The Parent

Who am I to my child? Where do I come from in all my interactions with a child? Generally our actions reflect where we reside in consciousness, which in turn hugely effects the relationship between us and the children we parent or teach.

So when we speak of Integral Parenting we are talking about the parent being, thinking, feeling, and acting integrally.

“The secret of parenting is not in what a parent does, but rather who the parent is to the child.” – Gordon Neufeld

What might this look like in practice? Here some general reflections, followed by some practical suggestions (derived from adapted excerpts of a publication titled “Introduction to Integral Parenting”).

Given that our doing flows from our being, any steps we as parents take toward becoming more mature, present, and able to inhabit and respond to multiple perspectives will benefit our child and our parenting efforts. In addition, it would be hard to find another endeavor that asks someone to grow up as much, as persistently, as convincingly as being a parent. So, putting the two together—the far-reaching benefits of self-development (not just for oneself but also for one’s child) andthe challenge and opportunity provided by the very act of parenting to grow and stretch—make parenting an ideal spiritual practice. When we consciously take on the task of parenting as our spiritual practice, we open ourselves up to one of the most meaningful and radically transformative experiences available to a human being.  How so?

  • As a parent we are faced with the great responsibility for a vulnerable, dependent other, which calls for utmost integrity in our intentions, communications, and actions.
  • Responding to the pretty much full-time demands and needs that infants and young children bring with them requires that we stretch and tap into resources we did not know we had, such as extreme patience, flexibility, physical resilience, and discriminating wisdom.
  • Given the absorbent nature of a young child’s mind and the deep emotional imprinting that happens at this early age, we are called to face ourselves and to become more conscious of our shadow for the sake of the child.
  • Young children are developmentally still very self-centered. We can easilyget triggered by this in ways we may have thought we were immune to—thereby discovering our own shadow, as well as having to take on the challenging task of discerning how best to respond in any given moment so that they can gradually grow beyond this stage of development.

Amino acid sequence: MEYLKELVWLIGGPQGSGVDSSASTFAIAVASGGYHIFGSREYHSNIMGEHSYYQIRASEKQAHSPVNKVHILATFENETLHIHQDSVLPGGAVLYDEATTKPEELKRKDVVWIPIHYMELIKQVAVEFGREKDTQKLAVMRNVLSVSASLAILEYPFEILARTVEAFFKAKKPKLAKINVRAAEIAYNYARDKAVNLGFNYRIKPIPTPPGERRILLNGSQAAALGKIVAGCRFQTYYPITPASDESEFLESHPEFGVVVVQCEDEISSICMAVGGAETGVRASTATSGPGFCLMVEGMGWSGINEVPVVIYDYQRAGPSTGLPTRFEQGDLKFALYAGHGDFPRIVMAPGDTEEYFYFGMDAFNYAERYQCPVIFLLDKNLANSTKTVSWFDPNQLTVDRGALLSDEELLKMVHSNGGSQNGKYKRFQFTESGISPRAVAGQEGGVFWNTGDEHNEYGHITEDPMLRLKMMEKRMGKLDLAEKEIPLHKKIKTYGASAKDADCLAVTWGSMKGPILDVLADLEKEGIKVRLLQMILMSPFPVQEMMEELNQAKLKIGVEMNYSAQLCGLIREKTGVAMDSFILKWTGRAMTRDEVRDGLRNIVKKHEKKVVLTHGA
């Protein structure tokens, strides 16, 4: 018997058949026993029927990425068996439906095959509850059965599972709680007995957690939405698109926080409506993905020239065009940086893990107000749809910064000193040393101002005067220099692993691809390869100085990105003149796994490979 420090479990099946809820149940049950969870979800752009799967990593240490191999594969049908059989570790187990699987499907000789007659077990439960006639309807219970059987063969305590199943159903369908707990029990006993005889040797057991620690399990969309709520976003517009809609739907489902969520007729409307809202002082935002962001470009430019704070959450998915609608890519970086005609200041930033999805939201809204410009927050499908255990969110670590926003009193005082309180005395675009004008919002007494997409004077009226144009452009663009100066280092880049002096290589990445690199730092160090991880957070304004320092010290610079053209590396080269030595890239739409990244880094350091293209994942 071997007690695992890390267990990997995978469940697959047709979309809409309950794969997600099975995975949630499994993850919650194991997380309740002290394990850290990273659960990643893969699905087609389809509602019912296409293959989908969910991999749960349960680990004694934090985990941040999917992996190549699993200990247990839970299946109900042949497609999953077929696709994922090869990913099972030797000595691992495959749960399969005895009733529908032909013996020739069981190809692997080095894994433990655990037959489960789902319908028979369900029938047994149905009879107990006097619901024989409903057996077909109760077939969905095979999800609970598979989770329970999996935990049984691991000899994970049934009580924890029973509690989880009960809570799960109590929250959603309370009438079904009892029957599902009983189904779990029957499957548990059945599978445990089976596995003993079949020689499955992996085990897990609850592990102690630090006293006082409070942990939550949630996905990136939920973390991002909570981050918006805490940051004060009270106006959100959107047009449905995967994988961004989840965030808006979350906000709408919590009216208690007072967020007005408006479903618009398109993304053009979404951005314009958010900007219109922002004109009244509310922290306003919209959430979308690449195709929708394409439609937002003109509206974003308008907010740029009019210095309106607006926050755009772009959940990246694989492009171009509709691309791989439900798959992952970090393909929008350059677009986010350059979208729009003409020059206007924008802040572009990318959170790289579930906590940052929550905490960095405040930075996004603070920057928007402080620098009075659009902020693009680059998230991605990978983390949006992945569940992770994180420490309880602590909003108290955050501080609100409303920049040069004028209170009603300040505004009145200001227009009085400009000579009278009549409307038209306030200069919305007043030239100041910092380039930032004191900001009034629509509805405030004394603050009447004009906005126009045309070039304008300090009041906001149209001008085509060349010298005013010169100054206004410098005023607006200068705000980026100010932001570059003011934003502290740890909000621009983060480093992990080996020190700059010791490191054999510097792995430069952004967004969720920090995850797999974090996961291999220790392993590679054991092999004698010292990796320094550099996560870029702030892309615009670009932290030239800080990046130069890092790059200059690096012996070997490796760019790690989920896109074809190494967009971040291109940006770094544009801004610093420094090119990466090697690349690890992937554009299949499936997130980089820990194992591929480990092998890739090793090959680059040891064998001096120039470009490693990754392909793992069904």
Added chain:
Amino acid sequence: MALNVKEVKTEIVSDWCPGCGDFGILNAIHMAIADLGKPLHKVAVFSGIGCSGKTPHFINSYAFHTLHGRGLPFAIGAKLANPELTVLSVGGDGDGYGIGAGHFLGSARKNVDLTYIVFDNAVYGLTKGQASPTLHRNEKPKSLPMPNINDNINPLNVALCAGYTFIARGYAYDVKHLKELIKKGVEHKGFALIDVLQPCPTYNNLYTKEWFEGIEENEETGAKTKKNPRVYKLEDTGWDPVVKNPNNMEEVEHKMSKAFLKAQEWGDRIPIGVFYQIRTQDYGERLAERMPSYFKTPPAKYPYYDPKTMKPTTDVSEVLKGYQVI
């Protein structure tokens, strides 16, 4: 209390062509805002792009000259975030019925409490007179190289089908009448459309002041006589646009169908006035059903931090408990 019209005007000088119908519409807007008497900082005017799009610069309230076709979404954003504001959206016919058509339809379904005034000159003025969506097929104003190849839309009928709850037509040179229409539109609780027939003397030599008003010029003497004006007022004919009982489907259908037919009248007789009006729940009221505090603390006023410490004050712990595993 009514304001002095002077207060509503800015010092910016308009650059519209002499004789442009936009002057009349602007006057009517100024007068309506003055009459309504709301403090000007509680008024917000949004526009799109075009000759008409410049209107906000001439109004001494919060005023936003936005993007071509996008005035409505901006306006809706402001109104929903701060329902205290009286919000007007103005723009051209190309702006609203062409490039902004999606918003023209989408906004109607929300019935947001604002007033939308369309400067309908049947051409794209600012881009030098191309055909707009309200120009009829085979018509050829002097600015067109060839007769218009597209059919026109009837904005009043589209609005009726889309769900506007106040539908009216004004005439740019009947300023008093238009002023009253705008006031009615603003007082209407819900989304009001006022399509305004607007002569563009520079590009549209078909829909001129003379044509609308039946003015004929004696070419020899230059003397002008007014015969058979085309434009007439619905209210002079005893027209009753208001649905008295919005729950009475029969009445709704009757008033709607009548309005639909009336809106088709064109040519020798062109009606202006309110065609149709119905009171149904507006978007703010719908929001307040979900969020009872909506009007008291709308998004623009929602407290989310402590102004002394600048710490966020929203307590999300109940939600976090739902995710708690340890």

• By paying close attention and witnessing the miraculous growth of a young human being, we begin to understand that perfection is not a state to achieve, rather, life is a dynamic unfolding to ever higher, wider, and deeper realms of existence.
  • We are humbled many times over—making many mistakes, having no choice but to carry on and do better, and being engaged in an endeavor that is generally neither egoically gratifying nor professionally enhancing.
  • To facilitate and encourage our child’s well-being and integral development, we are asked to bring love, presence, and discernment to all situations.
  • The incredible delight in witnessing a young child be and grow provides access to higher levels of commitment, stamina, and motivation than we usually think are possible.
  • The central role that the parent plays means that we as parents need to go beyond technique, method, or belief, and become that which we wish to see our children model and be exposed to: an integral person and perspective.
  • In caring so deeply for another, we discover a motivation beyond our self-centered relationship to life. Especially with infants and very young children, we are challenged to place our own personal desires and agendas aside in order to be present to what is beneficial to the child and the whole.

What might this mean in the very real and day-to-day experience of being a parent and relating to and caring for our child? Basically it means bringing increasing conciousness and awareness to ourselves as parents and all our interactions with our children. Here some practical suggestions and questions to reflect on, that stem from the understanding that we parent who we are. Bringing greater consciousness to ourselves as parents and to all our interactions with children: